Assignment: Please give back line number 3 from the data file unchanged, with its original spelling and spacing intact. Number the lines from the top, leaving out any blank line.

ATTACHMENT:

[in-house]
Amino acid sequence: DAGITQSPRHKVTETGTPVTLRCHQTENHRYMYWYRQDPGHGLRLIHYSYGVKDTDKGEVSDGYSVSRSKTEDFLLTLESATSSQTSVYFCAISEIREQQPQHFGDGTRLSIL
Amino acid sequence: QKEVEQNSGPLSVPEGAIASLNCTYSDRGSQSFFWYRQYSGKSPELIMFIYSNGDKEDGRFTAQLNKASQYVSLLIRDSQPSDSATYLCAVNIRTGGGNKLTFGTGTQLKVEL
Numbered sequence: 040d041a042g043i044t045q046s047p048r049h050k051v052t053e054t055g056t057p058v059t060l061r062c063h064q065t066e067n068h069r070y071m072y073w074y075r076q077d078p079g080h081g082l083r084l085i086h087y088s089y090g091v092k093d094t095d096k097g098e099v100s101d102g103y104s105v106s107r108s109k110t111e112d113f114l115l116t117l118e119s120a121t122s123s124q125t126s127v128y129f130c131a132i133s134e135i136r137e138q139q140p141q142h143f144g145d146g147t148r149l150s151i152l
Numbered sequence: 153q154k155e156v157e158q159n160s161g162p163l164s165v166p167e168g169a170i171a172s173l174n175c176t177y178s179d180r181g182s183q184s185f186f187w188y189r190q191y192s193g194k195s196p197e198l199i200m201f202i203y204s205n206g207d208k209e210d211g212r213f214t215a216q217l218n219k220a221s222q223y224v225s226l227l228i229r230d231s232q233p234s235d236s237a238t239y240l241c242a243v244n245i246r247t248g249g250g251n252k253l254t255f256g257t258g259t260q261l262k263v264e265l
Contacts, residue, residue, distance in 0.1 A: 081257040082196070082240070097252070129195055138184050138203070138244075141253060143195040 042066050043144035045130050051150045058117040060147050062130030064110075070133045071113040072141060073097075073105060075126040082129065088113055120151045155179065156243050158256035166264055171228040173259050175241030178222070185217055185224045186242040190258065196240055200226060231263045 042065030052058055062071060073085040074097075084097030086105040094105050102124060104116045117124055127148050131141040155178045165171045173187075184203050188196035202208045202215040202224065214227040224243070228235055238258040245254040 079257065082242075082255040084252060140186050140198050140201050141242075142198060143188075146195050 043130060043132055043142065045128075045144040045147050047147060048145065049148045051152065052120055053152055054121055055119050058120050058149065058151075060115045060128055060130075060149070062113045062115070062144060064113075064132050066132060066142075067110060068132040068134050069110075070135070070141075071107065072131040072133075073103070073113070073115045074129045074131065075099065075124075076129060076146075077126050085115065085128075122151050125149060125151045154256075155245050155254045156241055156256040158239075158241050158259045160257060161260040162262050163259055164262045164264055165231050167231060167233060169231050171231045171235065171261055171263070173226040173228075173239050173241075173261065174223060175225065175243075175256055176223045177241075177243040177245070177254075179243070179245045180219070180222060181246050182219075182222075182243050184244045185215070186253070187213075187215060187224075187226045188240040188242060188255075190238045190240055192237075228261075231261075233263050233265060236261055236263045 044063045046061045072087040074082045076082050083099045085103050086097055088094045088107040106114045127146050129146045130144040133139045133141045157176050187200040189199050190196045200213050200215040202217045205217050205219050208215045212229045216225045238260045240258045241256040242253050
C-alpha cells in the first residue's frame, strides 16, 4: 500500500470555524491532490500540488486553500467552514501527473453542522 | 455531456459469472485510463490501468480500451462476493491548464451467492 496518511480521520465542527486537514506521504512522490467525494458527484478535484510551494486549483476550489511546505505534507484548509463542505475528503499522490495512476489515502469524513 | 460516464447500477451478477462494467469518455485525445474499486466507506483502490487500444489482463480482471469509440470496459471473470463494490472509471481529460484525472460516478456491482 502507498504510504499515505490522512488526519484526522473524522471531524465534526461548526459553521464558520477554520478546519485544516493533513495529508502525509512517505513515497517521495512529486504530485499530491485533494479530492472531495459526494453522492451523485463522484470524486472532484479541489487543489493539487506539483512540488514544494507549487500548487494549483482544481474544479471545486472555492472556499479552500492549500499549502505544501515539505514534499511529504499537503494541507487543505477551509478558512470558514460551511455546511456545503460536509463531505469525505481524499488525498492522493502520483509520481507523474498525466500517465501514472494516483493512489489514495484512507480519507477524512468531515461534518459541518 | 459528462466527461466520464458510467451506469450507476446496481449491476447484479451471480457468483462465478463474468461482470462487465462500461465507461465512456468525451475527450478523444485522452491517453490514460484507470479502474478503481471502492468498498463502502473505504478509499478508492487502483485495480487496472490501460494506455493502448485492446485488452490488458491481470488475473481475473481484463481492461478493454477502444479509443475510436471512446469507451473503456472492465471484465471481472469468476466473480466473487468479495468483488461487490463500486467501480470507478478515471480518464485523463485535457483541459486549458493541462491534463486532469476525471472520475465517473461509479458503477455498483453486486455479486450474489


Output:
Amino acid sequence: QKEVEQNSGPLSVPEGAIASLNCTYSDRGSQSFFWYRQYSGKSPELIMFIYSNGDKEDGRFTAQLNKASQYVSLLIRDSQPSDSATYLCAVNIRTGGGNKLTFGTGTQLKVEL